Exemestane — brand name Aromasin — is part of a drug class called aromatase inhibitors, which lower levels of the oestrogen that some breast cancers need in order to grow.

    Canadian bone specialists took a look at a group of patients who had taken part in a study into the effectiveness of exemestane among 4,500 healthy women with a worrying family history of breast cancer.

    Overall, the big study showed that the drug was highly effective, reducing the risk of breast cancer by almost two-thirds.

    The bone sub-study looked at 351 women who had been taking either exemestane or a dummy lookalike pill and whose bone density was measured with hi-tech scanners.

    After two years, women taking exemestane had a high loss of bone density at a common fracture point in the wrist called the distal radius, and also at the lower end of the tibia, compared with their counterparts on placebo.

    The exemestane users also had an eight-percent decline in the thickness of cortical bone, which comprises the protective outer shell of the bones.

    That finding in particular is worrying because nearly four out of every five fractures in old age occur in cortical bone. These accidents are a huge source of disability.

    “Women considering exemestane for the primary prevention of breast cancer should weigh their individual risks and benefits,” says the study, headed by Angela Cheung of the University Health Network in Toronto.

    “For women taking exemestane, regular bone monitoring plus adequate calcium and vitamin D supplementation are important.”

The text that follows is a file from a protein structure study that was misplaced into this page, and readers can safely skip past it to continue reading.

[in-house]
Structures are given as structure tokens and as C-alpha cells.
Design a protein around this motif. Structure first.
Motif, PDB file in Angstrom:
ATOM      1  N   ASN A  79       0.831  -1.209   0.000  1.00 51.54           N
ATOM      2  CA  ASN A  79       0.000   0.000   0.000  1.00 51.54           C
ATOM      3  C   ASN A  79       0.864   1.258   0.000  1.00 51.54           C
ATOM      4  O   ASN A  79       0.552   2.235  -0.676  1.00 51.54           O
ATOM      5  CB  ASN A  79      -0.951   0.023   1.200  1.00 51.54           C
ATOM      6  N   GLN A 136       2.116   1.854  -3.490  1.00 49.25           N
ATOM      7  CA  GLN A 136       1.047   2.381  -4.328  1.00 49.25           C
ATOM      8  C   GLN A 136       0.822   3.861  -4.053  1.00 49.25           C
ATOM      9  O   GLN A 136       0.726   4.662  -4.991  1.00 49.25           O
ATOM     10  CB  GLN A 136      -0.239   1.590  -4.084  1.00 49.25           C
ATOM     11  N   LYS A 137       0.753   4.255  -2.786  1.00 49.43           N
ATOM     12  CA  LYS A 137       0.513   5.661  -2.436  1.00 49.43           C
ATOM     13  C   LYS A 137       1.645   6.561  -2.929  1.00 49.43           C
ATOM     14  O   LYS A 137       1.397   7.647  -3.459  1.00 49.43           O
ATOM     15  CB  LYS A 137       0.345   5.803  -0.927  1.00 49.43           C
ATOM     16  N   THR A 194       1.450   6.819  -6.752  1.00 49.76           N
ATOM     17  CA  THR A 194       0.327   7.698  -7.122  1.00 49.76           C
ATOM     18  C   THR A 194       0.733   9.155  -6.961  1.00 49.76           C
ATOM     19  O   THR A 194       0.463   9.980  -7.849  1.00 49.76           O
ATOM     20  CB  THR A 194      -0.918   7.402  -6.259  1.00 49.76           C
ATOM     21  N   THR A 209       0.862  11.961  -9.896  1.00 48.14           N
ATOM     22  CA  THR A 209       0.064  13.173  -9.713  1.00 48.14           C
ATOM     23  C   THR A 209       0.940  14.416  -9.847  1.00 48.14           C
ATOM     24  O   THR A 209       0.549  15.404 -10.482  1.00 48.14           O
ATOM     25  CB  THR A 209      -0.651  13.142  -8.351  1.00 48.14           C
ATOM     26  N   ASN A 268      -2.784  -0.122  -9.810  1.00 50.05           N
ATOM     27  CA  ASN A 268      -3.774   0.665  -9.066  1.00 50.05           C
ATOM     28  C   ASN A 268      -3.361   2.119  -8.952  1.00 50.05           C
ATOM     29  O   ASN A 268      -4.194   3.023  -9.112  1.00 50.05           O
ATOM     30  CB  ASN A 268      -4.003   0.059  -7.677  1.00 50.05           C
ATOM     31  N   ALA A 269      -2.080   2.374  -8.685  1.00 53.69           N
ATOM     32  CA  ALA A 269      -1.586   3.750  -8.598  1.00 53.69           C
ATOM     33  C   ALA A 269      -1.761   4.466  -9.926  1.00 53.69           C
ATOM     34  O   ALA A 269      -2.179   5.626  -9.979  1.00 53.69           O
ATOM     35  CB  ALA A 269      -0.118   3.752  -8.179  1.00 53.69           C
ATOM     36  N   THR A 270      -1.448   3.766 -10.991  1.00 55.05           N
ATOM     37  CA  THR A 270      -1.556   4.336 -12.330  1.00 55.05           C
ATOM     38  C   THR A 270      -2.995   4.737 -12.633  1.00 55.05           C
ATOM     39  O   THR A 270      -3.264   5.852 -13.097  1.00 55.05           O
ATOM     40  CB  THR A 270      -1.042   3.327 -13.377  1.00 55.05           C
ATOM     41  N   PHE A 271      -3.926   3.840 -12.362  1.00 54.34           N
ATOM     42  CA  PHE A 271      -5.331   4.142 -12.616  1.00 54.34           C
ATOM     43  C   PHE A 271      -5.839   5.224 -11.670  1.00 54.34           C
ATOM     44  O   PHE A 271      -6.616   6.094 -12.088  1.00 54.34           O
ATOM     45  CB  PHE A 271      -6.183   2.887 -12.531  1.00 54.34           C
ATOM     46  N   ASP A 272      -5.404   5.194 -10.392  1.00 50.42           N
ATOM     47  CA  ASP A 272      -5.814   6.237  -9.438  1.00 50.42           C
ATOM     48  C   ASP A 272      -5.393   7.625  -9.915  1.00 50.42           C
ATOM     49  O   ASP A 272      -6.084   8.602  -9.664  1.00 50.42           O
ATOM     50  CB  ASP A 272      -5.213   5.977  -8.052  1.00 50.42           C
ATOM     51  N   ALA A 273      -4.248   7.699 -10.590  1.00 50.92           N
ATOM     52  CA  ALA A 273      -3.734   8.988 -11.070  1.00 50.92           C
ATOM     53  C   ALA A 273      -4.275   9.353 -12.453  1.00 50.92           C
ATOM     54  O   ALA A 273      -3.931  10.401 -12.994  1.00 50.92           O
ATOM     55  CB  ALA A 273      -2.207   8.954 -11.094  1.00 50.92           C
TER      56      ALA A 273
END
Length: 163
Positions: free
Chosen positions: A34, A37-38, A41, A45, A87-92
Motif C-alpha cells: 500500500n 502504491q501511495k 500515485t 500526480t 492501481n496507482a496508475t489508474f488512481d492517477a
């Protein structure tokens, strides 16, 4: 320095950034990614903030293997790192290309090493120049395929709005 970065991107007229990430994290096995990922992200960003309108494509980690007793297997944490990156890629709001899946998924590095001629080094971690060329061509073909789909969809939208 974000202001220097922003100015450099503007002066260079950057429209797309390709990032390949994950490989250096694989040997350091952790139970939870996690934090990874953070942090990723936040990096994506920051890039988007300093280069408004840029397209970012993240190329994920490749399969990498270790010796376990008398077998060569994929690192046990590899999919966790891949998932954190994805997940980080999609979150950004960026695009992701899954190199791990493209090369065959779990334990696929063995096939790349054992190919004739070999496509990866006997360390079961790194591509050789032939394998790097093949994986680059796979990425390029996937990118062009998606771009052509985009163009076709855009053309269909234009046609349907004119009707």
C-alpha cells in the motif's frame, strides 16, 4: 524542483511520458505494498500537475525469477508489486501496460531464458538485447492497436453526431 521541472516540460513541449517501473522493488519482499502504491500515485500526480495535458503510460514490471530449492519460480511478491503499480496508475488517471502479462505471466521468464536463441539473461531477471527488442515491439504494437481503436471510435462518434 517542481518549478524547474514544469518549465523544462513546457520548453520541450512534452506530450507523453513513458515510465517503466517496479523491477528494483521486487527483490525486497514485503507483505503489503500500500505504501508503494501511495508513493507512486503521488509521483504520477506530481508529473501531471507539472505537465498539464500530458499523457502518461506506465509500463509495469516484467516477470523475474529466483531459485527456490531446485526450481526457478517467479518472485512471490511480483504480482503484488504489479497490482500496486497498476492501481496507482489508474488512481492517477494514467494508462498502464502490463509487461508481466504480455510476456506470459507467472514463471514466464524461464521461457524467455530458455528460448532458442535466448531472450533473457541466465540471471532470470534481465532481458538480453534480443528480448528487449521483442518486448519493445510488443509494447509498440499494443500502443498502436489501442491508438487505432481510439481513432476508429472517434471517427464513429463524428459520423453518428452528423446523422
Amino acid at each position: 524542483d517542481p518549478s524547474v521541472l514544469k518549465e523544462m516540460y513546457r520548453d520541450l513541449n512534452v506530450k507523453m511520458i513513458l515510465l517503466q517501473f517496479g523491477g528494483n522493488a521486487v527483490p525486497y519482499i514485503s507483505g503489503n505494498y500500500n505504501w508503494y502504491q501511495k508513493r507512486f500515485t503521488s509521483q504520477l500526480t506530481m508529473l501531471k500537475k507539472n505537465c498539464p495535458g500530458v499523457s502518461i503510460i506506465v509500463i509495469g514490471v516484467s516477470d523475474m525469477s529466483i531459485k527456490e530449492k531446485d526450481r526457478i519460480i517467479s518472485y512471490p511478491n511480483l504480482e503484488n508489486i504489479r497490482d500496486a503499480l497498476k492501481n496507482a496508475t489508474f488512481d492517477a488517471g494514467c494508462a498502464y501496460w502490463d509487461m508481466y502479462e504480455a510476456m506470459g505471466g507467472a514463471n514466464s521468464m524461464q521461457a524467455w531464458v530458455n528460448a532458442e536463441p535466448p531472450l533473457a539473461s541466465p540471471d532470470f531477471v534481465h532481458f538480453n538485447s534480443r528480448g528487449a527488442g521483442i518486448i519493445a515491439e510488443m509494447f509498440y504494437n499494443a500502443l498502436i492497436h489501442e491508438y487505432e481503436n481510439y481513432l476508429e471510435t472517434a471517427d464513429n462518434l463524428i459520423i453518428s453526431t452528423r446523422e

The paper is published online by the journal The Lancet Oncology.

    link: Anti-cancer drug for women weakens bone density | The Raw Story

    and

    Bone loss associated with prevention of breast cancer : The Lancet Oncology

  20. #120
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    New study casts doubt on lung cancer treatment

    NEW YORK (Reuters Health) – A controversial radiation treatment for patients who’ve had lung cancer surgery may not help elderly people live longer, U.S. researchers have found.

    Postoperative radiotherapy, or PORT, is thought to cut the chances that a tumor will return. But it can damage the heart and lungs, which might cancel out any potential benefits — particularly in seniors.

    “Thus, these patients may be exposed to the side effects and complications of PORT without a clear benefit,” lead researcher Dr. Juan Wisnivesky, of Mount Sinai School of Medicine in New York, told Reuters Health by email.

    The findings fuel an ongoing debate over how much treatment older cancer patients should get. Often those treatments have been tested in younger people and it’s unclear whether other age groups will reap the same benefits.

    Side effects may take a higher toll on older people’s health, for instance, and they may not live long enough to see the positive effects of their therapy.

    “The marginal benefit of the additional treatment gets smaller and smaller as patients get older,” said Dr. David J. Sher, a radiation expert at Rush University Medical Center in Chicago, who was not involved in the new work.

    “Their overall fitness generally doesn’t warrant postoperative radiotherapy,” he told Reuters Health. “It’s a fine balance.”

    The new study, published in the journal Cancer, analyzed data on more than 1,300 Medicare patients who’d had surgery for early-stage lung cancer.

    Such patients usually don’t get radiation therapy, but in this group the cancer had spread to lymph nodes in the chest. There is no agreement on what to do in that case, and earlier studies have come to mixed conclusions.

    It turned out that about half of the patients, most of whom were over 70, had been treated with radiation.